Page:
On the sticky surface, Joe Carnahan's "Smokin' Aces" definitely has the stink of "been there, done that" all over it. It's a manic visual exercise, but from a thoroughly intelligent filmmaker who has more on his mind than just a hack fireworks display meant to beguile 15 year-olds with too much free time (think garbage like "Running Scared" or anything from Tony Scott recently).
Buddy "Aces" Israel (Jeremy Piven) is a Las Vegas magician with a very dangerous taste for trouble. Mixed up with the mob, Buddy is ready to squawk to the feds to save his own behind, leaving the criminal underworld very interested in his assassination. When enemies post a million dollar reward for Buddy's heart, the offer captures the attention of contract killers (Alicia Keys, Taraji P. Henson), entourages (Common), coked-up lawyers (Jason Bateman), bail bondsmen (Ben Affleck, Peter Berg, Martin Henderson), insane Neo-Nazis (led by Chris Pine), and federal agents (Ryan Reynolds and Ray Liotta) who don't know who to protect and who to kill.
Universal's marketing positions "Aces" as a mindless, violent free-for-all, tossing a bunch of bad influences into a blender and slopping the results onto the screen. While Carnahan certainly reaches those heights of excess with some frenetic camerawork and passť saturated cinematographic gloss, these are fleeting moments in a film that wants nothing more than to entertain with an edge, not puncture your sinuses.
Coming five long years after his breakthrough cop thriller "Narc," I'm sure Carnahan was ready to blow his top. "Aces" has the moody feel of a director who was sick and tired of trying to push thoughtful material through the system and wanted to make something obscene just to clear his mind.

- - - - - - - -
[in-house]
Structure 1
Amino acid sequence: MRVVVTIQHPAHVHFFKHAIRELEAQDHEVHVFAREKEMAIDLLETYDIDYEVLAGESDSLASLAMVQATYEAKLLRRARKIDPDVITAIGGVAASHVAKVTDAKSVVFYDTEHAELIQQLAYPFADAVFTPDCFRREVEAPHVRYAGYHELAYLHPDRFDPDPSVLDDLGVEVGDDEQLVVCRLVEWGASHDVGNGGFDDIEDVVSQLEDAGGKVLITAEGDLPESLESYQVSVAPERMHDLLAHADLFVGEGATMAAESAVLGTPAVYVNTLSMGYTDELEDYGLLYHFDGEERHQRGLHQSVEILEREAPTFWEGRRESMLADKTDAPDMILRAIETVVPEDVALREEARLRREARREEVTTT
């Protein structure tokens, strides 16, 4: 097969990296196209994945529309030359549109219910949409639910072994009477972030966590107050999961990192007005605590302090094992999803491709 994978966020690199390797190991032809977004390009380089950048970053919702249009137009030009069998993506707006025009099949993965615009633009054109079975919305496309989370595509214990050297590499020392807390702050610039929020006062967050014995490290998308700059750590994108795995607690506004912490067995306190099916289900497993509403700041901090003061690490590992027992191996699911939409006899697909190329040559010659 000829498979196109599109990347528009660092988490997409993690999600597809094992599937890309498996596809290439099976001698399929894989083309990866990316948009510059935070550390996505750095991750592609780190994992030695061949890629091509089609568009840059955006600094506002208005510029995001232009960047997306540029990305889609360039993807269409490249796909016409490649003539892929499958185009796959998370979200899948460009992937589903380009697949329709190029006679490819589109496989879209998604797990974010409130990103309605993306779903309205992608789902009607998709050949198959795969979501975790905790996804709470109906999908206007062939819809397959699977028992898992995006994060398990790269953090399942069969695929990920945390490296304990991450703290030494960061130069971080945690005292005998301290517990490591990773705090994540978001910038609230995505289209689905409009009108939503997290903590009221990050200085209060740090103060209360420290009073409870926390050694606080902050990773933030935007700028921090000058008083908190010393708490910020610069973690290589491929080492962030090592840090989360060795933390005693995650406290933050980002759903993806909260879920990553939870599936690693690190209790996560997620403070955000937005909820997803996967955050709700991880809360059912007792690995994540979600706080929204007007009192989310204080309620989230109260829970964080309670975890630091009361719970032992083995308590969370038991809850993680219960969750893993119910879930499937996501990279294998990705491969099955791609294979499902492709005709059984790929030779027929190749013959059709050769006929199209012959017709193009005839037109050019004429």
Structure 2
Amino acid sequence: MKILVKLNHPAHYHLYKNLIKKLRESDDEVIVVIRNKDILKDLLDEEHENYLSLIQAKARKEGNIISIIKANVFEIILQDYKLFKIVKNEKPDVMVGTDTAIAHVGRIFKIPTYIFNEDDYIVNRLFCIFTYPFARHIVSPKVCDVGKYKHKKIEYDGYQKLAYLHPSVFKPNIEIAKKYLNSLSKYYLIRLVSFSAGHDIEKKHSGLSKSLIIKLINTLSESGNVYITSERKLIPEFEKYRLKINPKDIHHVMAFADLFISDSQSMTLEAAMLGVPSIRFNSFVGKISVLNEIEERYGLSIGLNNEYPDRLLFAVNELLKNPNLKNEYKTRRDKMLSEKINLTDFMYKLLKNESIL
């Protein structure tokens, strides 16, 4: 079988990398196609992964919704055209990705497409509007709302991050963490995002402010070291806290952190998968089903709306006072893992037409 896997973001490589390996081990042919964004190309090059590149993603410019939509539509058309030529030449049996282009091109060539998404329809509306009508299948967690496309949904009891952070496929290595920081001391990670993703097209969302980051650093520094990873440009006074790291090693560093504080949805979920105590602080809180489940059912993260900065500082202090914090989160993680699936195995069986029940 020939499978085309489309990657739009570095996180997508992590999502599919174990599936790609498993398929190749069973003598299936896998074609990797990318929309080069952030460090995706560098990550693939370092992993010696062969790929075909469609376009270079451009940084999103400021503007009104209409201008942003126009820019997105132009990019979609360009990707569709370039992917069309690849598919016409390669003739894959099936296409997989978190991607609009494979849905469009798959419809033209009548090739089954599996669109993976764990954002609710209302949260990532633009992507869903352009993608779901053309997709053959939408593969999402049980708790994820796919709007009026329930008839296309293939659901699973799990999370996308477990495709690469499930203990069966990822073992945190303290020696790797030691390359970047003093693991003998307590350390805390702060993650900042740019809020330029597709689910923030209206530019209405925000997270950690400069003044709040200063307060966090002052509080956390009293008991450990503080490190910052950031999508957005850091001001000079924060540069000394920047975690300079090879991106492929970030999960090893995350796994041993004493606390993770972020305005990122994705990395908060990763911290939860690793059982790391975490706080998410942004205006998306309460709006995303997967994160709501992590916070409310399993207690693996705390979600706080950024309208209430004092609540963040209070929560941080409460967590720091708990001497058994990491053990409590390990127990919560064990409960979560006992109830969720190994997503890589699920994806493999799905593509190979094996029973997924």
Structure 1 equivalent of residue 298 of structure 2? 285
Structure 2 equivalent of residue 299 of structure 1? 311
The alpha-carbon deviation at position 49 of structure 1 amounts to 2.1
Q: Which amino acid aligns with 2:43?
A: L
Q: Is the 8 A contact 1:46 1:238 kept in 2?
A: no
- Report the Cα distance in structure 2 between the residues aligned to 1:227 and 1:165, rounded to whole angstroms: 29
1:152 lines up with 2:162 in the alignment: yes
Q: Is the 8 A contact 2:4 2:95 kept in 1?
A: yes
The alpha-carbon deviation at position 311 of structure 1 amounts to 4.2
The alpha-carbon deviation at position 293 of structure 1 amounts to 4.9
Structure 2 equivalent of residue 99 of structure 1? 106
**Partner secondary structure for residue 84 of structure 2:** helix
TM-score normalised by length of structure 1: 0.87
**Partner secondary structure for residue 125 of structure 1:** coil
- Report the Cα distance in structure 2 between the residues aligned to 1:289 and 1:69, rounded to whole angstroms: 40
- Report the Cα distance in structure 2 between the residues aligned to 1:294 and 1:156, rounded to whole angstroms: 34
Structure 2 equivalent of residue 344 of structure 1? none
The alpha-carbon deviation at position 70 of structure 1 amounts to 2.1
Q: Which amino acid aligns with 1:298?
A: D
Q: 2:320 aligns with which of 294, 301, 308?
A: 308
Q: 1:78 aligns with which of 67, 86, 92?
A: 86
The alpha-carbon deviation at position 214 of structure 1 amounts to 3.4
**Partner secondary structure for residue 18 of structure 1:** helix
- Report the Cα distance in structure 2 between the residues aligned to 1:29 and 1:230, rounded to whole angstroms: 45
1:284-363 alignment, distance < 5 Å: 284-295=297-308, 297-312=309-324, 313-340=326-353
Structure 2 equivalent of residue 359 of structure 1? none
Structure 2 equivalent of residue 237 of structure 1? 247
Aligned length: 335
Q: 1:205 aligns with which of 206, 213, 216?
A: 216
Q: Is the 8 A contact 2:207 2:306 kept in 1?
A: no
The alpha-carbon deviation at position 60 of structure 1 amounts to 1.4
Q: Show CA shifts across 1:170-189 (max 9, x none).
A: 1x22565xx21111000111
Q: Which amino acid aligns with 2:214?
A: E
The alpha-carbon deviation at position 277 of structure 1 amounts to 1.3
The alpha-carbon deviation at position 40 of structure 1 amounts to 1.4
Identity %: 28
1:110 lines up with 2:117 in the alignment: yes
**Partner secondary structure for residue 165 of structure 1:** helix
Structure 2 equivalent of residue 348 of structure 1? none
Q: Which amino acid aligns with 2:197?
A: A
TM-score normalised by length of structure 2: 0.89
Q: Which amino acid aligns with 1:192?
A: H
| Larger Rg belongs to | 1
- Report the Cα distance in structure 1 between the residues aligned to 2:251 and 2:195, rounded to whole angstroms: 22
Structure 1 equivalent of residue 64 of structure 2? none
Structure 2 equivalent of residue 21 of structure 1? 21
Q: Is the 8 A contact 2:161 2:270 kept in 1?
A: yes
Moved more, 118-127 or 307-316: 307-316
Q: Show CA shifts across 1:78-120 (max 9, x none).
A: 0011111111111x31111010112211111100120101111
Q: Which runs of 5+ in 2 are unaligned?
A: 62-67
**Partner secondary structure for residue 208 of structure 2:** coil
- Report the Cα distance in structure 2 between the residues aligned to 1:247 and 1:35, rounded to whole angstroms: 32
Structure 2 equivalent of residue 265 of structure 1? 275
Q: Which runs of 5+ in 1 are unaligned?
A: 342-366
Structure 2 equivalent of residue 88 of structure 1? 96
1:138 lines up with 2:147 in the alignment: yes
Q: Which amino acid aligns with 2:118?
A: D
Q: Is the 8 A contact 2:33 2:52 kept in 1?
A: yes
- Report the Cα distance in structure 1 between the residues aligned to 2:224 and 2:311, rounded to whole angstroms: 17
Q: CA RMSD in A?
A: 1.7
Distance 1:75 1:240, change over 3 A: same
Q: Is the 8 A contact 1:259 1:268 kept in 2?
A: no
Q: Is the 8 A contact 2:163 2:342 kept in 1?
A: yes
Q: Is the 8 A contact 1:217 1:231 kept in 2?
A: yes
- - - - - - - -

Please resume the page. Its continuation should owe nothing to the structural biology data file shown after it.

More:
To that extent, "Aces" delivers massively on the violence scale, situating these gangsters, goofballs, and generals in a strange tug-o-war where no one knows exactly who or what is on the other end of the rope. There's loads of gunfire, limb removal, and death in the picture which, on its own, doesn't move me; we've seen this hair-trigger mayhem in cinemas so much over the past few years, amped up to a degree where it ceases to be a movie and transforms into optical Red Bull. Where "Aces" won me over was in its complexity. And that's also where it pissed me off.
Carnahan, fearing the high-calorie death spasms might come back to haunt him at the end of the film, has written a highly intricate story behind Buddy and the reasons so many people want a piece of him. At least I think it's complex; the script is chock full of exposition from so many different characters, it'll take a few viewings to get a good look at what is actually being served up. Simply put: it's more effort than others would place in their splatter-a-thon, and the director shows patience rolling it out, getting the audience used to the personalities, while also keeping us on our toes while big name stars are killed without warning and allegiances are in constant rotation.
Paying this labyrinth off in the end puts Carnahan in a corner. Once "Aces" hits a throbbing peak of bullets and spurting fountains of blood, there's little left to be said. Unfortunately, the movie disagrees. Once the fever pitch is nailed, "Aces" continues on for what seems like an eternity, providing such a detailed pass at closure that it rips the movie right off the rails. How Carnahan ever thought anyone would care to learn Buddy's secrets after watching a casino hotel massacre, complete with chainsaws and more spent bullets than an NRA picnic, is baffling. "Aces" has clearly peaked, but the film continues to explain itself, slowly draining the excitement right out of the festivities.
Thankfully, with Ryan Reynolds's help, Carnahan ends "Aces" on a beautiful instant of disgust and resignation, earning back the trust of the audience at the exact last moment. Corralling back the film is surprising, but so is "Smokin' Aces" in its entirety. Just when the frightfully overspent genre of excess has reached a point of no return, here's a filmmaker willing to put a little more effort into his kaleidoscope of hurt.
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